The Department of Labor’s proposed conflict-of-interest rule would bring significant changes to how advisors for retirement plans and IRAs can be compensated on the annuity and insurance products they recommend, according to a brief from Drinker Biddle.
Under current regulations, prohibited transaction exemption 84-24 allows advisors to receive commissions on annuity contracts, regardless of whether the products are considered to be “securities” under securities law.
But that would change under the DOL’s proposal, which would limit the exemption to the sale of insurance contracts that are not securities under securities law, according to a memo from the firm’s ERISA experts, which includes Fred Reish.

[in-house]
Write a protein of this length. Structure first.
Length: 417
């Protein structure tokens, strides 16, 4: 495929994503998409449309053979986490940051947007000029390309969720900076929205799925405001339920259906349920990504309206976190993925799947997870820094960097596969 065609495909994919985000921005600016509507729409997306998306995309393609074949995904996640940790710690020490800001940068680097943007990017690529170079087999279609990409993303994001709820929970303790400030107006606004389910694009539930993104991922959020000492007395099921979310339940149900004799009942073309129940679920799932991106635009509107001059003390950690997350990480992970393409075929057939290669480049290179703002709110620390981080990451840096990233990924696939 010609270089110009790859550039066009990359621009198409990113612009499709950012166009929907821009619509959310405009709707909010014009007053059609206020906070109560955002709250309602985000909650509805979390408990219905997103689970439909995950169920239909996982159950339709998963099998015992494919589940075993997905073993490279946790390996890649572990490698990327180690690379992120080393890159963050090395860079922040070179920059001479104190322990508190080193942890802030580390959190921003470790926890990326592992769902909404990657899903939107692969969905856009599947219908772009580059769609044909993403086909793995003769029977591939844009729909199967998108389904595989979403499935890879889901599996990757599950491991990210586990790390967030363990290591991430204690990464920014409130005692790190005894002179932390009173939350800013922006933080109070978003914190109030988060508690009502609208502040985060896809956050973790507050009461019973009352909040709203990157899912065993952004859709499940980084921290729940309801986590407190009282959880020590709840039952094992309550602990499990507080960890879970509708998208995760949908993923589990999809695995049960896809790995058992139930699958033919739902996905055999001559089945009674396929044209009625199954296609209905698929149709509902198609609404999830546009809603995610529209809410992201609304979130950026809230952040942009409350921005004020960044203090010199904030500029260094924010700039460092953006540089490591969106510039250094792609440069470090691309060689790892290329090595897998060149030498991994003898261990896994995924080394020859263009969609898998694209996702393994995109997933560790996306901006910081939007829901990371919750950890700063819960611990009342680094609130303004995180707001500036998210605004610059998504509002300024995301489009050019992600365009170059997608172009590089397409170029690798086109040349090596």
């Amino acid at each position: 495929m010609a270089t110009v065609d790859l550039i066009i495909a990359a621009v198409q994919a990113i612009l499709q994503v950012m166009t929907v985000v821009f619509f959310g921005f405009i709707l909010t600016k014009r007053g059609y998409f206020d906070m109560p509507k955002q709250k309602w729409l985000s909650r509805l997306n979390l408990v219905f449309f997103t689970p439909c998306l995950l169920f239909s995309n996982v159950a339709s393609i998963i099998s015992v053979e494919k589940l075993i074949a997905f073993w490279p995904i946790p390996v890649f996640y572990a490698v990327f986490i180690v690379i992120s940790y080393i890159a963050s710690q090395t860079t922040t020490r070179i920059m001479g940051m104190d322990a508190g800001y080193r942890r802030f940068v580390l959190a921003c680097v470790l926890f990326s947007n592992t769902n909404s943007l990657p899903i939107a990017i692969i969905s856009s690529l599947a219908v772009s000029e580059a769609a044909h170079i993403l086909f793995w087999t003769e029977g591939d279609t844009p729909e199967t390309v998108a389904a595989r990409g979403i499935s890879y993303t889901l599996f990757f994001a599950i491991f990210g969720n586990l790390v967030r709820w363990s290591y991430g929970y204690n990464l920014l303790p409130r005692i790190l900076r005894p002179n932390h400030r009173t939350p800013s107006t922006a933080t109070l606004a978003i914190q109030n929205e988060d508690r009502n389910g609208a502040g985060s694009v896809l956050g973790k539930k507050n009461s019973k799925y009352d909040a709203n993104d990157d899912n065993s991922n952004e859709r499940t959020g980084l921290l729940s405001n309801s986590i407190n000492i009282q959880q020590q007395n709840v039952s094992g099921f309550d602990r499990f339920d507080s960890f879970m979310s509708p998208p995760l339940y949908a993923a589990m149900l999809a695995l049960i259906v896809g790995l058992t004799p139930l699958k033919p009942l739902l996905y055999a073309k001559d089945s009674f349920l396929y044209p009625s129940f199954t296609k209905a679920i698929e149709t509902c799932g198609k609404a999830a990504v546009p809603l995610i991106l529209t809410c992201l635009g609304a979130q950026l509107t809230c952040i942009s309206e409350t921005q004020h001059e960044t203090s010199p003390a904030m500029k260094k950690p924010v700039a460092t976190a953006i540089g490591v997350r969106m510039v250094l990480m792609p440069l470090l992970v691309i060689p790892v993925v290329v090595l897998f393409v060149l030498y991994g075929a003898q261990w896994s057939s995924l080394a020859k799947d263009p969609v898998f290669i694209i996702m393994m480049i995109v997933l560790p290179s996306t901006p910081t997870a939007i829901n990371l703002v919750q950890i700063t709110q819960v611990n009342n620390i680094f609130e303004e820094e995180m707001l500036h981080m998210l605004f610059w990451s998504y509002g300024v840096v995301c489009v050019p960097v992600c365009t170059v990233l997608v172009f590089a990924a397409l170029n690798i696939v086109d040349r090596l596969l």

Fixed annuity contracts can be exempted from prohibited transaction regulations because they are not regarded as securities.
But the law does regard variable annuities as securities. The DOL’s proposal would not allow exemptions for variable annuities when they are sold to IRA account holders, unless they are accompanied with a Best Interest Contract Exemption, which clarifies an advisor’s role as a fiduciary, the commissions they are making on the annuity recommendation, and whether or not their advice posses a conflict of interest.
Advisors to 401(k) plans would be able to continue to apply existing exemptions to all annuity products, fixed or variable, regardless of whether they are regarded as securities or not.
The proposal would also limit the types of commission advisors receive for annuity sales to both retirement plans and IRA accounts.